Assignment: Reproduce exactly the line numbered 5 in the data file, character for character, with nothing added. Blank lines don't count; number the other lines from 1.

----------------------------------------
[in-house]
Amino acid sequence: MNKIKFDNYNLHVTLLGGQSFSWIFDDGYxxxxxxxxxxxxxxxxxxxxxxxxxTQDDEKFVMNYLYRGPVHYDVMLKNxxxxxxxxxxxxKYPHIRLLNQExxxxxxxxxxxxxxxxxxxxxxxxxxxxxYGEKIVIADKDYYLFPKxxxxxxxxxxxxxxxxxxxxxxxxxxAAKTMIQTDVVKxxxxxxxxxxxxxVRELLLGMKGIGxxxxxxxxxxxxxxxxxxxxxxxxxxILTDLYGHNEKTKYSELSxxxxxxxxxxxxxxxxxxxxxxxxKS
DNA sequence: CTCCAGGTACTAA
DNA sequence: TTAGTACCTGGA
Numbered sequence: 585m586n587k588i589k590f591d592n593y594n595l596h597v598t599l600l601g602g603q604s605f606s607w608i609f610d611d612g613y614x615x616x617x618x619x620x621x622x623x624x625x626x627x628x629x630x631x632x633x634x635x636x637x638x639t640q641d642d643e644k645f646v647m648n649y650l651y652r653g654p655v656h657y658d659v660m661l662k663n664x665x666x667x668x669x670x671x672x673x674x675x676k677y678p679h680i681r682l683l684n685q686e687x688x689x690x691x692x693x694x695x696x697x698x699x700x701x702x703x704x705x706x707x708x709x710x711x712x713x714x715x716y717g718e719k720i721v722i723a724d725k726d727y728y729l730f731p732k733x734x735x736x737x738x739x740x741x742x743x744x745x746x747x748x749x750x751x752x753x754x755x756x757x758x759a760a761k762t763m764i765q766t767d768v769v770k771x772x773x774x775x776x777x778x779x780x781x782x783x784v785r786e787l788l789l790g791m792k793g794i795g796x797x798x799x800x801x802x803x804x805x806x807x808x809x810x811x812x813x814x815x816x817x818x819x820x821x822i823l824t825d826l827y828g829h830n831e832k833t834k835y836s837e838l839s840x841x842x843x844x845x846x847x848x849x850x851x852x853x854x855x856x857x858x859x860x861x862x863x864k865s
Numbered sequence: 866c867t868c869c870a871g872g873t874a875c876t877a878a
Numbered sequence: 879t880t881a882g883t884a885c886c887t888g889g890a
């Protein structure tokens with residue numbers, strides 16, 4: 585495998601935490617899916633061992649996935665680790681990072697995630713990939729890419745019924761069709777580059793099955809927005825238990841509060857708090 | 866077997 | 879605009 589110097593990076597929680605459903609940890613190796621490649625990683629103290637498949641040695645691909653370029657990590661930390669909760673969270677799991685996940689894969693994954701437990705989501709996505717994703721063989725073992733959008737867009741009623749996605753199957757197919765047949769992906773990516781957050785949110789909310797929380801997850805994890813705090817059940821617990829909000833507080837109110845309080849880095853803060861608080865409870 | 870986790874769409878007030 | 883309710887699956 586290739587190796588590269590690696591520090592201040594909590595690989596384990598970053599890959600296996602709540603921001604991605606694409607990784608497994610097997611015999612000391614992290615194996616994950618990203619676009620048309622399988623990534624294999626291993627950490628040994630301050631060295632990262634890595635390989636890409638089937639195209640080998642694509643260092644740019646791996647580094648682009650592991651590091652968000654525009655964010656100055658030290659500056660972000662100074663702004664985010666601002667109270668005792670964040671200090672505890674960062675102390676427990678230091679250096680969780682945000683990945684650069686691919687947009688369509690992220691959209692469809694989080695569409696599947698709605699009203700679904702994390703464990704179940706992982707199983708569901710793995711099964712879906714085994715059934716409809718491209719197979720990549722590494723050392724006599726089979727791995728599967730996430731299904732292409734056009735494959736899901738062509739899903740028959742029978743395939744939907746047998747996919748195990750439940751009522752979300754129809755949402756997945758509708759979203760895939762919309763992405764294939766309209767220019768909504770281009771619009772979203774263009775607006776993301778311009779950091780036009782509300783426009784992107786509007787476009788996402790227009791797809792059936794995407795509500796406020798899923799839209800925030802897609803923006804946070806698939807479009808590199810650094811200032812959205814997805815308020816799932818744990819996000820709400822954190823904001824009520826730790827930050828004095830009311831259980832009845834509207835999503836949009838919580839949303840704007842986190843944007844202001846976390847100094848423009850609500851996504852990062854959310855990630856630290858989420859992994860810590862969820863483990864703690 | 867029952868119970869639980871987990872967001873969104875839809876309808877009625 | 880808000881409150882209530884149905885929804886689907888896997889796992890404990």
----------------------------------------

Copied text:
Numbered sequence: 585m586n587k588i589k590f591d592n593y594n595l596h597v598t599l600l601g602g603q604s605f606s607w608i609f610d611d612g613y614x615x616x617x618x619x620x621x622x623x624x625x626x627x628x629x630x631x632x633x634x635x636x637x638x639t640q641d642d643e644k645f646v647m648n649y650l651y652r653g654p655v656h657y658d659v660m661l662k663n664x665x666x667x668x669x670x671x672x673x674x675x676k677y678p679h680i681r682l683l684n685q686e687x688x689x690x691x692x693x694x695x696x697x698x699x700x701x702x703x704x705x706x707x708x709x710x711x712x713x714x715x716y717g718e719k720i721v722i723a724d725k726d727y728y729l730f731p732k733x734x735x736x737x738x739x740x741x742x743x744x745x746x747x748x749x750x751x752x753x754x755x756x757x758x759a760a761k762t763m764i765q766t767d768v769v770k771x772x773x774x775x776x777x778x779x780x781x782x783x784v785r786e787l788l789l790g791m792k793g794i795g796x797x798x799x800x801x802x803x804x805x806x807x808x809x810x811x812x813x814x815x816x817x818x819x820x821x822i823l824t825d826l827y828g829h830n831e832k833t834k835y836s837e838l839s840x841x842x843x844x845x846x847x848x849x850x851x852x853x854x855x856x857x858x859x860x861x862x863x864k865s